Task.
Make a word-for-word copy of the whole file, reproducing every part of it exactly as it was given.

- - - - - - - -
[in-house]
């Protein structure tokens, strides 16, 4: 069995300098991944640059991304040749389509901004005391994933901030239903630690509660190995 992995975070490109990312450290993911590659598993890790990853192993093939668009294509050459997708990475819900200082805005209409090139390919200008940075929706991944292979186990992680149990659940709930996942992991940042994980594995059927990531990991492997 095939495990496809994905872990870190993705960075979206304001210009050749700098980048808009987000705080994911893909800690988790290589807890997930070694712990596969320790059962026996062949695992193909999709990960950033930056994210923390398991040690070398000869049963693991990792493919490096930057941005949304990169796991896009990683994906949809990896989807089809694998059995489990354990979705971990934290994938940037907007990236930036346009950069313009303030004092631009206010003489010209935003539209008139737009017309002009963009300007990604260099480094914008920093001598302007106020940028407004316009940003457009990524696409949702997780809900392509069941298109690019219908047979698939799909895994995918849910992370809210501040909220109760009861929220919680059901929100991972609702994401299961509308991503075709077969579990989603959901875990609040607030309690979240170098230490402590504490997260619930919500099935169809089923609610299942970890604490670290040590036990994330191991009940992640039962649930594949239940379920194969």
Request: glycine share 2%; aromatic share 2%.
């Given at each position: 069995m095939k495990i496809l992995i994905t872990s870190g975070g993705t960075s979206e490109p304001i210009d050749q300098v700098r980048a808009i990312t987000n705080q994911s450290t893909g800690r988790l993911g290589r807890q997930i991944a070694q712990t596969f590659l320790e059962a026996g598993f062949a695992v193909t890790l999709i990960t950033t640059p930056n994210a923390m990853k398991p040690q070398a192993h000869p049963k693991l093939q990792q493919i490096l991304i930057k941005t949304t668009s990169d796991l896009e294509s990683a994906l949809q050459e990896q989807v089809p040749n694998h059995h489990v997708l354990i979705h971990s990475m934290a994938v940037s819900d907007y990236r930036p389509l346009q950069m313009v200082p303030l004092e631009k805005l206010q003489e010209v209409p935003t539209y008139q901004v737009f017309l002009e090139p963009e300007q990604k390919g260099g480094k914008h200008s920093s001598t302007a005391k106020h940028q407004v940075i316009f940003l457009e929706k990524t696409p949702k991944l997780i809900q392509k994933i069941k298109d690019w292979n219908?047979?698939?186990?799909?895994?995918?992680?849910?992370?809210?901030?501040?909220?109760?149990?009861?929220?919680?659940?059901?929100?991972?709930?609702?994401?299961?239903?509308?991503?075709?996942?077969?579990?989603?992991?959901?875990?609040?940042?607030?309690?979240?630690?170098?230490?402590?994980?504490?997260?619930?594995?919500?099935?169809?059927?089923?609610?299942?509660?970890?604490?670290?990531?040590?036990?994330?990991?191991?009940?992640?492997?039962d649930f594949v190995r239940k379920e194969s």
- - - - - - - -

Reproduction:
[in-house]
């Protein structure tokens, strides 16, 4: 069995300098991944640059991304040749389509901004005391994933901030239903630690509660190995 992995975070490109990312450290993911590659598993890790990853192993093939668009294509050459997708990475819900200082805005209409090139390919200008940075929706991944292979186990992680149990659940709930996942992991940042994980594995059927990531990991492997 095939495990496809994905872990870190993705960075979206304001210009050749700098980048808009987000705080994911893909800690988790290589807890997930070694712990596969320790059962026996062949695992193909999709990960950033930056994210923390398991040690070398000869049963693991990792493919490096930057941005949304990169796991896009990683994906949809990896989807089809694998059995489990354990979705971990934290994938940037907007990236930036346009950069313009303030004092631009206010003489010209935003539209008139737009017309002009963009300007990604260099480094914008920093001598302007106020940028407004316009940003457009990524696409949702997780809900392509069941298109690019219908047979698939799909895994995918849910992370809210501040909220109760009861929220919680059901929100991972609702994401299961509308991503075709077969579990989603959901875990609040607030309690979240170098230490402590504490997260619930919500099935169809089923609610299942970890604490670290040590036990994330191991009940992640039962649930594949239940379920194969």
Request: glycine share 2%; aromatic share 2%.
């Given at each position: 069995m095939k495990i496809l992995i994905t872990s870190g975070g993705t960075s979206e490109p304001i210009d050749q300098v700098r980048a808009i990312t987000n705080q994911s450290t893909g800690r988790l993911g290589r807890q997930i991944a070694q712990t596969f590659l320790e059962a026996g598993f062949a695992v193909t890790l999709i990960t950033t640059p930056n994210a923390m990853k398991p040690q070398a192993h000869p049963k693991l093939q990792q493919i490096l991304i930057k941005t949304t668009s990169d796991l896009e294509s990683a994906l949809q050459e990896q989807v089809p040749n694998h059995h489990v997708l354990i979705h971990s990475m934290a994938v940037s819900d907007y990236r930036p389509l346009q950069m313009v200082p303030l004092e631009k805005l206010q003489e010209v209409p935003t539209y008139q901004v737009f017309l002009e090139p963009e300007q990604k390919g260099g480094k914008h200008s920093s001598t302007a005391k106020h940028q407004v940075i316009f940003l457009e929706k990524t696409p949702k991944l997780i809900q392509k994933i069941k298109d690019w292979n219908?047979?698939?186990?799909?895994?995918?992680?849910?992370?809210?901030?501040?909220?109760?149990?009861?929220?919680?659940?059901?929100?991972?709930?609702?994401?299961?239903?509308?991503?075709?996942?077969?579990?989603?992991?959901?875990?609040?940042?607030?309690?979240?630690?170098?230490?402590?994980?504490?997260?619930?594995?919500?099935?169809?059927?089923?609610?299942?509660?970890?604490?670290?990531?040590?036990?994330?990991?191991?009940?992640?492997?039962d649930f594949v190995r239940k379920e194969s």